“One of our talking points is that late-term abortions are extremely rare,” Brooks-as-the-Imaginary-Consultant writes. “If they are extremely rare, why are we giving them priority over all of our other issues combined?”
In reality, as ThinkProgress reported in August, reproductive rights activists would be overjoyed if the Democratic Party gave abortion rights protections priority over all other issues combined, but many said they felt the party was instead throwing them under the bus.
Brooks is right about at least one thing: Abortions after 20 weeks are very rare, making up only about 1.5 percent of abortions performed in the United States, according to the Guttmacher Institute. What Brooks does not consider — not even once in his column — the cases in which someone might seek an abortion past this point in their pregnancy.
Brooks expresses no empathy for a low-income person who becomes pregnant and is forced to delay an abortion while saving up enough money to afford it. He does not consider for a moment the plight of discovering serious fetal abnormalities more than 20 weeks into a pregnancy, perhaps after trying for years to have a child, and being forced to make the decision to terminate a pregnancy they desperately wanted. He does not consider what someone who finds out they are pregnant more after more than 20 weeks –especially if they who cannot afford or don’t want to keep the baby for a litany of reasons — would do.
He does not consider the life-threatening methods many of those people would resort to if they were unable to access safe later-term abortions. He does not consider how desperate a person must be to opt for a painful, multi-day surgery that costs tens of thousands of dollars. He does not consider that abortion policy does not exist in a vacuum.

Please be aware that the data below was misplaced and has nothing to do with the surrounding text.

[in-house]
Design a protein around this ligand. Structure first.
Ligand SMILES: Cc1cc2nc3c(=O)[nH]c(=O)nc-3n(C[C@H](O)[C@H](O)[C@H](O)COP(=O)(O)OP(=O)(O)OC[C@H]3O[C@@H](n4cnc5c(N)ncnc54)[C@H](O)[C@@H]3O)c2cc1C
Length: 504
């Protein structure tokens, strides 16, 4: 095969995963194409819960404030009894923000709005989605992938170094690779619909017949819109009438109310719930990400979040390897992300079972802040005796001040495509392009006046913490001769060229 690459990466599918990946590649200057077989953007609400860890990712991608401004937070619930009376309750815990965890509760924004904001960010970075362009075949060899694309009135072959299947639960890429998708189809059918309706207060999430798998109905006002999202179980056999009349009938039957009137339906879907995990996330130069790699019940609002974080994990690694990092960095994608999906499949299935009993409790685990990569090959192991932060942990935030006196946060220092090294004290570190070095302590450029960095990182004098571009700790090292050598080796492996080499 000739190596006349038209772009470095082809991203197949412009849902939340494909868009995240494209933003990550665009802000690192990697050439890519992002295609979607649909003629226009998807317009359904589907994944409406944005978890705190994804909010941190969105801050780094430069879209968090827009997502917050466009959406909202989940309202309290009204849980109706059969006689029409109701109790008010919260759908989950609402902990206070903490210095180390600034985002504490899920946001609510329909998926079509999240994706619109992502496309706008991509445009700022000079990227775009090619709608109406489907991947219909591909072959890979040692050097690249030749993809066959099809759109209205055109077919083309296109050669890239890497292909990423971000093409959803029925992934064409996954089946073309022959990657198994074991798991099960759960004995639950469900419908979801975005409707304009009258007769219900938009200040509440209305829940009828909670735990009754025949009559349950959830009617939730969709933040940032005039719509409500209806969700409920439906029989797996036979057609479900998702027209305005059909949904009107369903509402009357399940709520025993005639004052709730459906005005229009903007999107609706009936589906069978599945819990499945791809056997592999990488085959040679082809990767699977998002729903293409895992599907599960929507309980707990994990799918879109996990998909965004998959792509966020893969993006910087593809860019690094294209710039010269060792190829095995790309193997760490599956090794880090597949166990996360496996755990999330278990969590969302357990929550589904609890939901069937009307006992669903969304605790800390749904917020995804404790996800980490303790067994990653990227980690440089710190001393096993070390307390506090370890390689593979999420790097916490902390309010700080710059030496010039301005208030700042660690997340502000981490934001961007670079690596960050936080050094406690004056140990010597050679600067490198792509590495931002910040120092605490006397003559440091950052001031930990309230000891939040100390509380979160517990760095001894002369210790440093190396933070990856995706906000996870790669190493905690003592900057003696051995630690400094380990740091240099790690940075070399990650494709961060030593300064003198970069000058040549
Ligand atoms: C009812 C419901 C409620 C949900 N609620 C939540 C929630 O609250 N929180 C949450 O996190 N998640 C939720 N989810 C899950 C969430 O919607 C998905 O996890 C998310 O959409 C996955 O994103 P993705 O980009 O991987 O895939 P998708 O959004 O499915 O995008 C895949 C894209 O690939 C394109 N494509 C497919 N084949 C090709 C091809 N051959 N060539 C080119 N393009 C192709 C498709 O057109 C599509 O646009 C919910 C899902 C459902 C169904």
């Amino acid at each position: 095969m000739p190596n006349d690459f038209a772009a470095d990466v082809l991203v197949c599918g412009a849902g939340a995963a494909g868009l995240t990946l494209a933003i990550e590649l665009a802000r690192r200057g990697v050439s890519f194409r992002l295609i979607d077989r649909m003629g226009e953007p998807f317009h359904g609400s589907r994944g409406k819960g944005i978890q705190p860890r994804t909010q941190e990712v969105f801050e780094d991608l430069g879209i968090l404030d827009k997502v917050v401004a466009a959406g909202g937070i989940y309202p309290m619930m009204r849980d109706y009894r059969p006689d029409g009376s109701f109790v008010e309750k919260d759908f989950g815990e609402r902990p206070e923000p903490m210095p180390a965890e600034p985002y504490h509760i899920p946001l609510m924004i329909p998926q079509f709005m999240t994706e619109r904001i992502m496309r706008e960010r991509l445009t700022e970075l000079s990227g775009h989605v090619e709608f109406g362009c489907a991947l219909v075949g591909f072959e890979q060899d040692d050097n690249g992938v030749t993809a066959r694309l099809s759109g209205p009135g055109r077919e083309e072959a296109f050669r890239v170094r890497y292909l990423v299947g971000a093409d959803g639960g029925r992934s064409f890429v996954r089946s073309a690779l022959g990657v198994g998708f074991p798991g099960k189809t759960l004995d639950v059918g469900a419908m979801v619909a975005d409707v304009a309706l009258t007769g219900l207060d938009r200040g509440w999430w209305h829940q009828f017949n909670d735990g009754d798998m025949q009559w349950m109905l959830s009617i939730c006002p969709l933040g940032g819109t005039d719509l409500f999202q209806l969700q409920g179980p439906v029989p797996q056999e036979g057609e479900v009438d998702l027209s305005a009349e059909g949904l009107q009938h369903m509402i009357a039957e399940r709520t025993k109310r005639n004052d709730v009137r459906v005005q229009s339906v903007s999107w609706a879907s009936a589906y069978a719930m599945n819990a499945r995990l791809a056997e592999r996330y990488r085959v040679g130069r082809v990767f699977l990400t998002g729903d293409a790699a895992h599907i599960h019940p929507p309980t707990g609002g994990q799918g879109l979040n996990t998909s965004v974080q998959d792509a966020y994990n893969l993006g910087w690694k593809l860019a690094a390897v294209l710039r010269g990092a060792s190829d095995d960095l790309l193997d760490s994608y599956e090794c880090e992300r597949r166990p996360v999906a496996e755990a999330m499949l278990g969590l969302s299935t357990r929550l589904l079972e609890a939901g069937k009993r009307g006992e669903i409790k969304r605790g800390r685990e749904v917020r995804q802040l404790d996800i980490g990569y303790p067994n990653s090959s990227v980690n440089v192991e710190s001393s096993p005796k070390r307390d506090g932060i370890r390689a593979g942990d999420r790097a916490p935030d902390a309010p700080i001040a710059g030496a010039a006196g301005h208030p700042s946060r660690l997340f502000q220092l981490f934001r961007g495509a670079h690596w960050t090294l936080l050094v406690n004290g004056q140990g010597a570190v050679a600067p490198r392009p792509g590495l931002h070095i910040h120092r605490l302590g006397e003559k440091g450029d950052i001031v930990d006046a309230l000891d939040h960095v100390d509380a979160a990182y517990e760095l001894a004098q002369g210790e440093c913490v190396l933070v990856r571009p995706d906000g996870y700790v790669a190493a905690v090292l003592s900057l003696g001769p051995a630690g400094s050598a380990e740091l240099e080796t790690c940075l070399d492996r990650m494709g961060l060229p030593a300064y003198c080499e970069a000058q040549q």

American voters are capable of this nuance. A poll commissioned in 2013 on behalf of Planned Parenthood found that, when given more context about the reasons why someone may need a later abortion, most people agree they should be able to legally access the procedure. A majority of the poll respondents said they supported access to legal abortion after 20 weeks for those who would suffer health consequences if they continued the pregnancy, for those who are carrying a non-viable fetus, for those who became pregnant from rape or incest, and for those who have discovered their fetuses have severe fatal abnormalities.
A poll released just last month found that, despite arguments Democrats need to narrow their support for abortion rights in order to increase their influence nationally, 31 percent of Republicans are actually more likely to vote for a candidate who supports abortion rights, while 71 percent of Democrats said they were more likely to vote for a candidate who supports abortion rights. 46 percent of independents said the same.
By turning their back on abortion rights, Democrats risk losing nearly three-quarters of their voting base.
Given that evidence, perhaps the best political advice Brooks could offer to Democrats would be to double down: Prove the party values abortion rights and will always fight for them.
But, of course, Brooks didn’t actually want to offer advice to Democrats. He wanted to write a factually incorrect, misleading, dangerous anti-choice memo, and that’s what he did. And then The New York Times ran it unchecked.